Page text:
I hope with this short description about the movie let me dwell into the management thought that I obtained from this movie. Many people have a notion that management is to do with managing people. Yes the argument of leadership is right. But it is just one face to management. By this I mean that management is far more than leadership. But the important thing to note from my perspective is that there is a strong co-relation between neuroscience and leadership. Consider for example world’s 2nd largest economy Japan, there is very limited management theory emerged from this country. When we look at US, we say that the country was built upon strong expatriate community that came out of the parent country. This expatriate crowd is the one which became the base for the strong growth of US economy. The other countries either followed them are trying to imitate them. The exception can be seen from EU region. It is said that there occurred a brain drain in EU when many good brains went out of EU to settle in US. Along with them they took away the strong management brain to US from where majority of management theory emerged and is emerging. Does that mean the countries which acted as colonies or which was part of bigger nation cannot become leader? Does this mean leadership should come from the genes of a particular family?

But I feel that there is some sort of relationship between leadership and DNA. But this does not mean that leaders can emerge only from western countries or developed countries. As we practice management in developing countries, leaders emerge from these countries also. But the style of leadership differs based on the region from which they belong to. This can be found by researching different countries and the type of leadership they follow.

Tuesday, September 16, 2008

Stirling Castle - Management system

Nature has given very good mix of resources to Scotland. The country has both the mix of highlands and low lands. Stirling acts as a connecting point between the highland and lowland of Scotland. Stirling is a beautiful city of Scotland, situated 30 miles away from Glasgow. The city can be reached from both Edinburgh and Glasgow in less than an hour journey. The place got significant interest because of its natural setup. The main visitor's attraction of Stirling is its castle. The Castle has a long historic background which extends beyond 11th century. This castle acted as the capital for many years in Scottish history. The castle was located in a naturally beautiful hill area. On a clear day people can have a vision of around 50 miles radius from this castle. The castle attracts a total visitor’s count of around 200,000 per year. Tourism and development is one of major industry in Scotland. This industry contributes significantly to the GDP of the country. There are many themes in promoting tourism in the country. To name a few Golf play, Adventure, Historic, and Scenic view etc. Nature has given a lot of resources which acts as the base for the country.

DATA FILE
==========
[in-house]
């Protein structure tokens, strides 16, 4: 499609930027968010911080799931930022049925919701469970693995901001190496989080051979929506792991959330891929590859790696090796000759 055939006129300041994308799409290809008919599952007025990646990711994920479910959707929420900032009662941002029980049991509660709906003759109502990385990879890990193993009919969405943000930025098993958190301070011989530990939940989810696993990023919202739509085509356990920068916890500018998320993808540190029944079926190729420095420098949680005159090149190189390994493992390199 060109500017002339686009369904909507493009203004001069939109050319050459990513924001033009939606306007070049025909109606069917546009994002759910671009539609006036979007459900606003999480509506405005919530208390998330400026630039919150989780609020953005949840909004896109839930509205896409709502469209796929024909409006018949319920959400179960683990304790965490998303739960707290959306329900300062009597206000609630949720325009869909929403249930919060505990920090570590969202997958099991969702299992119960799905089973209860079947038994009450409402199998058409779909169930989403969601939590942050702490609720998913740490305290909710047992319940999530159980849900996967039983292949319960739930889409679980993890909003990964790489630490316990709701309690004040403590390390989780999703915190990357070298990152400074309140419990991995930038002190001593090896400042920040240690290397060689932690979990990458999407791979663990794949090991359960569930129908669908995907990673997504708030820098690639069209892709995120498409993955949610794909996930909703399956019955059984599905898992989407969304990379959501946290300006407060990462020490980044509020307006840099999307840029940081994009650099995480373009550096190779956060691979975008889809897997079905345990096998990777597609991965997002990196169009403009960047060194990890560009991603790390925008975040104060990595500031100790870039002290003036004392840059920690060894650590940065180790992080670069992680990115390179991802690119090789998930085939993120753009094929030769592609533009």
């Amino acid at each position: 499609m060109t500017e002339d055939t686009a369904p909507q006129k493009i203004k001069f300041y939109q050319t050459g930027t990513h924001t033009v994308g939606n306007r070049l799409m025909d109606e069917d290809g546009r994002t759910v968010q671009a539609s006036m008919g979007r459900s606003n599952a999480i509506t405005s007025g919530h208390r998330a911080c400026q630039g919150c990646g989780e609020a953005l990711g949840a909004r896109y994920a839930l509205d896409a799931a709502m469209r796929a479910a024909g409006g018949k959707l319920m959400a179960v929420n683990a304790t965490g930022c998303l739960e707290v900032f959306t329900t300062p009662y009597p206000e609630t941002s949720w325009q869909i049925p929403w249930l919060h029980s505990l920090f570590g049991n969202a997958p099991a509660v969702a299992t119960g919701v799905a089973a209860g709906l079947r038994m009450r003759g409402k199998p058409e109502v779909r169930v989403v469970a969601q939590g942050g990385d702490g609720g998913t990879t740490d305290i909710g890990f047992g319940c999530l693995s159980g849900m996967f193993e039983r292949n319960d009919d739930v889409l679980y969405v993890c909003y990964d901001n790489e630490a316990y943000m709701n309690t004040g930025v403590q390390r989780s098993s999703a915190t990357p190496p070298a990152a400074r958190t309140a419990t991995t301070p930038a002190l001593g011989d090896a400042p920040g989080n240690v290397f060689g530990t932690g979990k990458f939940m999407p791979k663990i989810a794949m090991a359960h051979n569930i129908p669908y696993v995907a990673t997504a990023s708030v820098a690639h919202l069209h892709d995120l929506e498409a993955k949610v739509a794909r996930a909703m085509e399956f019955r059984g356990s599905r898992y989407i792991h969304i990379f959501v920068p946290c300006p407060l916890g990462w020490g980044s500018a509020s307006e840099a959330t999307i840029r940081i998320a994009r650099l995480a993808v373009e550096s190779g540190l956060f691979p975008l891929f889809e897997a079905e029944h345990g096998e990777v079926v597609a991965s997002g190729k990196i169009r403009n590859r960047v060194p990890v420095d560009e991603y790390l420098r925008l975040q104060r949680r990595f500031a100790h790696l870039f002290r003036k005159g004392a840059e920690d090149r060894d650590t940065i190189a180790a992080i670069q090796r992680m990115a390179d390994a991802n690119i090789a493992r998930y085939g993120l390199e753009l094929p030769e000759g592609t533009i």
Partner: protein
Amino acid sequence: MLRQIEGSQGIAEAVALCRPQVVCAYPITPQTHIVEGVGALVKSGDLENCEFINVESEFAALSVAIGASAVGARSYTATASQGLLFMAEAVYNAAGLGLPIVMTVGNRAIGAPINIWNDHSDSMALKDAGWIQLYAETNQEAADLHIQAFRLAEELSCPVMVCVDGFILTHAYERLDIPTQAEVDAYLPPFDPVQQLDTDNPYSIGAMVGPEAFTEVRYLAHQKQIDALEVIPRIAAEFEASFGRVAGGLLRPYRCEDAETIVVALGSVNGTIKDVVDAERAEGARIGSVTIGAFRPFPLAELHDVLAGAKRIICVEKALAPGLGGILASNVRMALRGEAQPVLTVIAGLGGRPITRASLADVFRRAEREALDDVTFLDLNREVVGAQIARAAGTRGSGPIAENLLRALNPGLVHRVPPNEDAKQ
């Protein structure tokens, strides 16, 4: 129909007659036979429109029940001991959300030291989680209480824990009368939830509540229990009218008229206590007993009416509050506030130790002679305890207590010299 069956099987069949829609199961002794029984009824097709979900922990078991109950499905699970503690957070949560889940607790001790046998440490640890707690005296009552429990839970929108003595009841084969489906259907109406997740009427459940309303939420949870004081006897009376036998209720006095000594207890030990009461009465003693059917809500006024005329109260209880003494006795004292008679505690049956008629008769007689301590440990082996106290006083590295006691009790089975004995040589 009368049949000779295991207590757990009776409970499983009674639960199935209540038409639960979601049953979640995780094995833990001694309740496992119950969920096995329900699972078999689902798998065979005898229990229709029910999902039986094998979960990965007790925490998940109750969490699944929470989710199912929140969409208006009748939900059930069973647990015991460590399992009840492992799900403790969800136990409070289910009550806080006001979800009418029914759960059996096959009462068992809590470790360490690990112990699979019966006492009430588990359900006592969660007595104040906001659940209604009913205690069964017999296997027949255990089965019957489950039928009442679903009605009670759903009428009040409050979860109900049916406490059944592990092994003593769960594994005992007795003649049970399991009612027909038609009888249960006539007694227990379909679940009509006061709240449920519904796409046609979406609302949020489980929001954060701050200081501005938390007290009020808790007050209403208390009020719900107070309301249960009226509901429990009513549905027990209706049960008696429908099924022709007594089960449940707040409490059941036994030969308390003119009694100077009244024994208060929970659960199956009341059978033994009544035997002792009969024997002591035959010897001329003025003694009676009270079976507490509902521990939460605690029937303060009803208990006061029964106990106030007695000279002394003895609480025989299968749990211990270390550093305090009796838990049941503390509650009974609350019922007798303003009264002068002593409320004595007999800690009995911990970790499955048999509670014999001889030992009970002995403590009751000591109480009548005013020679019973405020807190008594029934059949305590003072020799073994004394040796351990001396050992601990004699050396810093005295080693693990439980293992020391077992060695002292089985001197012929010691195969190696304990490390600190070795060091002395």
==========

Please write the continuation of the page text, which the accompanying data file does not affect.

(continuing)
The management issues that are associated with Stirling castle in particular are related with climate. The castle is located in a small mountainous region. We can experience significant variation in temperature between lowland area and this region. As Scottish climate is expected to be wet, people might feel uncomfortable in having a good view of natural scenery of this place and to get the actual feel of tour. Even the management might face problem in promoting this place with its wet climate. Though the place has got long traditional Scottish history associated with itself, the display available in the castle is very limited. The architecture design is an important point to note in this castle. On the other hand this particular castle lack in displaying the old tradition of Scottish rule. The whole castle can be covered in less than an hour and half with guided tour. The facilities are excellent. The castle has provision to arrange for audio tour if so required. The refractory has excellent food with good friendly people serving them. We cannot blame the management in the service it provide to the visitors. It can be assured that all the visitors are received with pleasing staffs to have a good stay at this place.

Monday, September 15, 2008